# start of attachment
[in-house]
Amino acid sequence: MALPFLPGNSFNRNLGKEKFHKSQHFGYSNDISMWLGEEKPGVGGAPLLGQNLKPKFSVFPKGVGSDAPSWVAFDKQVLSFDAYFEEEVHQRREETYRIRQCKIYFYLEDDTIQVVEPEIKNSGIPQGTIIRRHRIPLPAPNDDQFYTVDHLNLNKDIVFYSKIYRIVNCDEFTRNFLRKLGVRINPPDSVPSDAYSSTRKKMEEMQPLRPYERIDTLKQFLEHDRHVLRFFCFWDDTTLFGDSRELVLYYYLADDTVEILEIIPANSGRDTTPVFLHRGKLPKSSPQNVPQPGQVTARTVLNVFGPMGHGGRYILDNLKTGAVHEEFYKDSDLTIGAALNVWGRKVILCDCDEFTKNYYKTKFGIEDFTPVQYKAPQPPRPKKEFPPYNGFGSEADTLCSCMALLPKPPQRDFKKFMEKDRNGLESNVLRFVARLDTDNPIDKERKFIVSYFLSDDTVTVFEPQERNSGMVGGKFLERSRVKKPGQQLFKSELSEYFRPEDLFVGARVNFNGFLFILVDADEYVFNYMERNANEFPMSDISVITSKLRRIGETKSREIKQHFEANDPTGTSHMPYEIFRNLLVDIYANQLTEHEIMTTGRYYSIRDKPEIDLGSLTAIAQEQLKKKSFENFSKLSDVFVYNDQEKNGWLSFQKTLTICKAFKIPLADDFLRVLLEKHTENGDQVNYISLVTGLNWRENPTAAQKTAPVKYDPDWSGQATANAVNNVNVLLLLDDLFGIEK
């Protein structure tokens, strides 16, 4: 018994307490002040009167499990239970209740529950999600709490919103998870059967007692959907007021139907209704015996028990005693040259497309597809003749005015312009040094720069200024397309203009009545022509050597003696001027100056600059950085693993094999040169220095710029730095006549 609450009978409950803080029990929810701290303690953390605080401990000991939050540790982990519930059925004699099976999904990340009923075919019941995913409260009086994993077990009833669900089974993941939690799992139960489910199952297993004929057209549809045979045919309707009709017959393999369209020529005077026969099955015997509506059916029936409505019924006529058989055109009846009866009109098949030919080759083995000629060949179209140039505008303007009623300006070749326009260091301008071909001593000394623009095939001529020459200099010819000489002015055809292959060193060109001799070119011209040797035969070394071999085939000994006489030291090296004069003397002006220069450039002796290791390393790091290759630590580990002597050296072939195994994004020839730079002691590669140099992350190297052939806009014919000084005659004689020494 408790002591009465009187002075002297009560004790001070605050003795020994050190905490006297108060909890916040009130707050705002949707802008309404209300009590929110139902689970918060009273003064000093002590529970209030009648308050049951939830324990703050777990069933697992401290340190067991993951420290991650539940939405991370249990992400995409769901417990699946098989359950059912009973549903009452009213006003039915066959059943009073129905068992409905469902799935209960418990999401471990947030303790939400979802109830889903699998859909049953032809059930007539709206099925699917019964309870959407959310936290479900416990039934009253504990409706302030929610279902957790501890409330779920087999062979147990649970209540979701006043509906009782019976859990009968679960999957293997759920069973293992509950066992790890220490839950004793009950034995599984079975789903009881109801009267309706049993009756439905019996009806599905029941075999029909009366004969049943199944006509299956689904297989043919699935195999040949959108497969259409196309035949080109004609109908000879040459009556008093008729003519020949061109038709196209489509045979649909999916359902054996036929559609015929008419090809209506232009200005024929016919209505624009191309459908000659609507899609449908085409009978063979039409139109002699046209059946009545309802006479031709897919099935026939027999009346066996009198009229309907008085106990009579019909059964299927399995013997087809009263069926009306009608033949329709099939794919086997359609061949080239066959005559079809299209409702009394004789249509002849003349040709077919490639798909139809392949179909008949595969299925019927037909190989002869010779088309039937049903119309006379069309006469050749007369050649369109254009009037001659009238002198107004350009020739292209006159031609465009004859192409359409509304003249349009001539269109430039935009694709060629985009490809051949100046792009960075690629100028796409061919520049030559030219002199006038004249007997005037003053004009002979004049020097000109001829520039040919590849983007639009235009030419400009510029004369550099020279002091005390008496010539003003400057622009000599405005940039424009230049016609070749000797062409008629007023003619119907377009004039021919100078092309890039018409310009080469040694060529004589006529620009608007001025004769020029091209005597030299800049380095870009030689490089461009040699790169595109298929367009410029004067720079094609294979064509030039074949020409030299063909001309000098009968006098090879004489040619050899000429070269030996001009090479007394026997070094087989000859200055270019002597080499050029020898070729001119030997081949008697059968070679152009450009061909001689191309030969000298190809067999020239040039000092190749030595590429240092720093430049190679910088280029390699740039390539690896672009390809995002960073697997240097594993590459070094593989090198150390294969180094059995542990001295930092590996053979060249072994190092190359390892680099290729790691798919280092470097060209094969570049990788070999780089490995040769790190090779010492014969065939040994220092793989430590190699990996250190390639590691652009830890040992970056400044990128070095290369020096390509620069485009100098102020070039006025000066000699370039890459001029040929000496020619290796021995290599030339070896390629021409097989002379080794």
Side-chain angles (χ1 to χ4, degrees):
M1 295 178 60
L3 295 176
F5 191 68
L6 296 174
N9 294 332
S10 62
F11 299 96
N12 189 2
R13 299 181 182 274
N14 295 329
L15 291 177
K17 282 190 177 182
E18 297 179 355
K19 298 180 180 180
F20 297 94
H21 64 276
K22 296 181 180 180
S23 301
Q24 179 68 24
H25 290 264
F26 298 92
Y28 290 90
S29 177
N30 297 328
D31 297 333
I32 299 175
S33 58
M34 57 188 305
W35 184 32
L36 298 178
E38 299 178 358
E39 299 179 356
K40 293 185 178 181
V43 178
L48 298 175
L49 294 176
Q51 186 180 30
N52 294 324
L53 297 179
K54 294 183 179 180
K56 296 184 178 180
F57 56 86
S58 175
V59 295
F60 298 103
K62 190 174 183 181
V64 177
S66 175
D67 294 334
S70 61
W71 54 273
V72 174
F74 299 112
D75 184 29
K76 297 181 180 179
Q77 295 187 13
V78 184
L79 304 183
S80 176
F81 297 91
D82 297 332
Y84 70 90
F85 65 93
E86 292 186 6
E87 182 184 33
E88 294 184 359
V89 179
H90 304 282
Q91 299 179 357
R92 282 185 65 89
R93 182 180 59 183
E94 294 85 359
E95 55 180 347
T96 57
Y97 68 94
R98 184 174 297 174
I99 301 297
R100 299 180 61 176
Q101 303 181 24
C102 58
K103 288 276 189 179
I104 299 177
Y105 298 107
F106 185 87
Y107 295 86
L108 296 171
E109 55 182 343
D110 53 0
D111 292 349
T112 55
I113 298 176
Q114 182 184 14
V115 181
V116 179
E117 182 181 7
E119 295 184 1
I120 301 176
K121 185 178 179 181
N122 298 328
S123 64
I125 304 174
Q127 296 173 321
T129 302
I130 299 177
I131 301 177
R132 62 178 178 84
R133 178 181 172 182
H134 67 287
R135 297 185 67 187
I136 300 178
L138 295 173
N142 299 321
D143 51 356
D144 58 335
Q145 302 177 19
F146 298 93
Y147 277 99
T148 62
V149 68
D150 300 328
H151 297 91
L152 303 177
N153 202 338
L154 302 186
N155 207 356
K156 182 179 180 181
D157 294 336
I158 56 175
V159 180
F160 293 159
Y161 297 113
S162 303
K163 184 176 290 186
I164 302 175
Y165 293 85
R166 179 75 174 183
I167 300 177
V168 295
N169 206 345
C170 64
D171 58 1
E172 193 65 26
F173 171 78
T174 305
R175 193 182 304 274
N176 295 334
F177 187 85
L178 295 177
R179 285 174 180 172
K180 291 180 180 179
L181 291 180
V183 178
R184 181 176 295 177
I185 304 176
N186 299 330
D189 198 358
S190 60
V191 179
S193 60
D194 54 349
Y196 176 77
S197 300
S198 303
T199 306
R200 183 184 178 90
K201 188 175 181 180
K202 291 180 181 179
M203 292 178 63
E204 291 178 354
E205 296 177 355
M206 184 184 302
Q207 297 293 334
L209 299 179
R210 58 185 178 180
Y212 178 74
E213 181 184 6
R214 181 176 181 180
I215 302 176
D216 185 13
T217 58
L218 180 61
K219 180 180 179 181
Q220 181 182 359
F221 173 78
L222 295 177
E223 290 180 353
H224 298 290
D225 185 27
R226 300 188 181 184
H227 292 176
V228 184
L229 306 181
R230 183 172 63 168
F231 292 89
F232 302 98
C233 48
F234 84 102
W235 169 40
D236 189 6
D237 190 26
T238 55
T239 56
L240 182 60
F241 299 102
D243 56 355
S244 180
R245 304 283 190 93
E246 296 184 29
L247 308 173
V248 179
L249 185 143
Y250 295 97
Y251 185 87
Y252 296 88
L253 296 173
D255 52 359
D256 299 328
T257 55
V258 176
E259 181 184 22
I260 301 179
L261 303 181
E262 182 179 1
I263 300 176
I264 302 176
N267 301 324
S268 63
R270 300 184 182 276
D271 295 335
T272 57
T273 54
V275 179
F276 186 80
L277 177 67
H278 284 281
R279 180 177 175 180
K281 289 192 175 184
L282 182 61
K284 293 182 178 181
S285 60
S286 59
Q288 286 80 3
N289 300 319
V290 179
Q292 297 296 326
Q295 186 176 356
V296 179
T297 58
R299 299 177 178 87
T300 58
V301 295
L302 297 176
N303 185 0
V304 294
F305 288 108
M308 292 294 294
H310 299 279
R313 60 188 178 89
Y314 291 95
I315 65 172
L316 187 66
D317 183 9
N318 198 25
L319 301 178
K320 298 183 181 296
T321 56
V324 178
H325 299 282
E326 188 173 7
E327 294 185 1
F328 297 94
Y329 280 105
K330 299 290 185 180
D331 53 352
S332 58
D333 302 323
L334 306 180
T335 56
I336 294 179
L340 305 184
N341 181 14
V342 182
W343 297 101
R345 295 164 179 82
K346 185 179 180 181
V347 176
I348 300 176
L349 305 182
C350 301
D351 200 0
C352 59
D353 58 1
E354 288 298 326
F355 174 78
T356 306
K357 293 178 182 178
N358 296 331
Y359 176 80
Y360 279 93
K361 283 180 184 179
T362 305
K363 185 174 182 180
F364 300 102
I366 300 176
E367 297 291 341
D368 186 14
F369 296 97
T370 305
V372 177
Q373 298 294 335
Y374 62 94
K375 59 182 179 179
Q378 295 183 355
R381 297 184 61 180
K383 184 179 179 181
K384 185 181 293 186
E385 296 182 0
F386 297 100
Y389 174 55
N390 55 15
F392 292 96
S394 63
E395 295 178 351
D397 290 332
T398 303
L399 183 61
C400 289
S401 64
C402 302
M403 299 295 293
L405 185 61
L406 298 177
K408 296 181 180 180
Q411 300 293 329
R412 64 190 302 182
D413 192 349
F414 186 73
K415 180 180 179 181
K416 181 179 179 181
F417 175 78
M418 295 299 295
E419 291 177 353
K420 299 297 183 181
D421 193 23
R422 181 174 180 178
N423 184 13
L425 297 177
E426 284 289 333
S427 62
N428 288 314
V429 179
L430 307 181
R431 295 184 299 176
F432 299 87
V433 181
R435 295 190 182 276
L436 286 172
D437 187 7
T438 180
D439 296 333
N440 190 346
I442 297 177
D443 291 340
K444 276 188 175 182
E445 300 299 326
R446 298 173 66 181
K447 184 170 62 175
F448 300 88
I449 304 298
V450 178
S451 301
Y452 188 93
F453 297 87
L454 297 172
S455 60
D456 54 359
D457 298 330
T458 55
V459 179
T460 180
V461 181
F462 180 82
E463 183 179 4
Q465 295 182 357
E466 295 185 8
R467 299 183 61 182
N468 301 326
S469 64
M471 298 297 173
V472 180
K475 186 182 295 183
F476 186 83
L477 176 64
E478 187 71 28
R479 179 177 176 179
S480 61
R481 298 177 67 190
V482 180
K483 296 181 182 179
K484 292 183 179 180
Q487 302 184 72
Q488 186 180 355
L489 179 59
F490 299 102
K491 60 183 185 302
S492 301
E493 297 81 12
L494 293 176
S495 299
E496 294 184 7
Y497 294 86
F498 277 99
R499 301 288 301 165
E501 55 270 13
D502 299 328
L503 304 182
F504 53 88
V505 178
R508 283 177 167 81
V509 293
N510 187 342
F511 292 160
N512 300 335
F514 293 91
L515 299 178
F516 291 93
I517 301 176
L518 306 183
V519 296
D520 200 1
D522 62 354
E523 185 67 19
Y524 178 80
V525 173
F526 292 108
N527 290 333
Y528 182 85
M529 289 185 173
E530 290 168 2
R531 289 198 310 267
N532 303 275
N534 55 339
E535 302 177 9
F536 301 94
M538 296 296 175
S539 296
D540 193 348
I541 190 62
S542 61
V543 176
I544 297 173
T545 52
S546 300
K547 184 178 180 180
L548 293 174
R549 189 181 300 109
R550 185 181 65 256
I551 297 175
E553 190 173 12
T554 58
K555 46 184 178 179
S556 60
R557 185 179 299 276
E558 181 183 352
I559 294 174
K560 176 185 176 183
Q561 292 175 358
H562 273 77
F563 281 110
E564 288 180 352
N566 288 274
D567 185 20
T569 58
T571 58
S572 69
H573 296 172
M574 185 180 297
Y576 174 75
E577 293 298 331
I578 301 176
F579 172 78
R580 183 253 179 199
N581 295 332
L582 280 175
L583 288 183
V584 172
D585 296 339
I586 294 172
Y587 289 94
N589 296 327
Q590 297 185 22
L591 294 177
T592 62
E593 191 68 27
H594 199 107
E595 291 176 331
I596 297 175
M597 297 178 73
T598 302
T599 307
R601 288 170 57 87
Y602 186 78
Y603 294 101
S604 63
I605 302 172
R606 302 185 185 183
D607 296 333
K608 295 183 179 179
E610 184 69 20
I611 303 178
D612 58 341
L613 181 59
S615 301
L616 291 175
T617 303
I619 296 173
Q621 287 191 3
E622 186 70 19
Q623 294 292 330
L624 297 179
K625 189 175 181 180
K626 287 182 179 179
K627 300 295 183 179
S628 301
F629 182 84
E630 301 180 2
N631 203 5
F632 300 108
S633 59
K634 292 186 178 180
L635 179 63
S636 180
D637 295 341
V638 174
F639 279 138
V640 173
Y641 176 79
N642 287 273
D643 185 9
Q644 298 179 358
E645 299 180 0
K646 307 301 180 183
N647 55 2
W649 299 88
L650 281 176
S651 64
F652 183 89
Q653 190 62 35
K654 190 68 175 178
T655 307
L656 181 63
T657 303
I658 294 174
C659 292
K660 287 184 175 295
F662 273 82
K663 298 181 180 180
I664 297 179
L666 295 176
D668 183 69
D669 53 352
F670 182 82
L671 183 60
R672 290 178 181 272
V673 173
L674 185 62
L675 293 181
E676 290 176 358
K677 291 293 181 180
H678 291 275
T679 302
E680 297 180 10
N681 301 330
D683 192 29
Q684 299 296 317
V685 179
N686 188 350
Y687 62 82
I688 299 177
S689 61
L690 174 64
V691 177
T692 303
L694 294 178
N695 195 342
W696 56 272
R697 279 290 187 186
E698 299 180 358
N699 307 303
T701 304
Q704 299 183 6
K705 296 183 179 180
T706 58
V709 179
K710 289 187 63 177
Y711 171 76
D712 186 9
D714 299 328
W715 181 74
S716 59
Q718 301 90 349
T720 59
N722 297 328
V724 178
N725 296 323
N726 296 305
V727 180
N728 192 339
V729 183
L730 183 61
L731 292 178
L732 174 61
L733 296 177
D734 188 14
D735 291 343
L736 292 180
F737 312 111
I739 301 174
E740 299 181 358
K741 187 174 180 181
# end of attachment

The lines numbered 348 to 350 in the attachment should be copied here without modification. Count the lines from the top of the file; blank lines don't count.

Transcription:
D421 193 23
R422 181 174 180 178
N423 184 13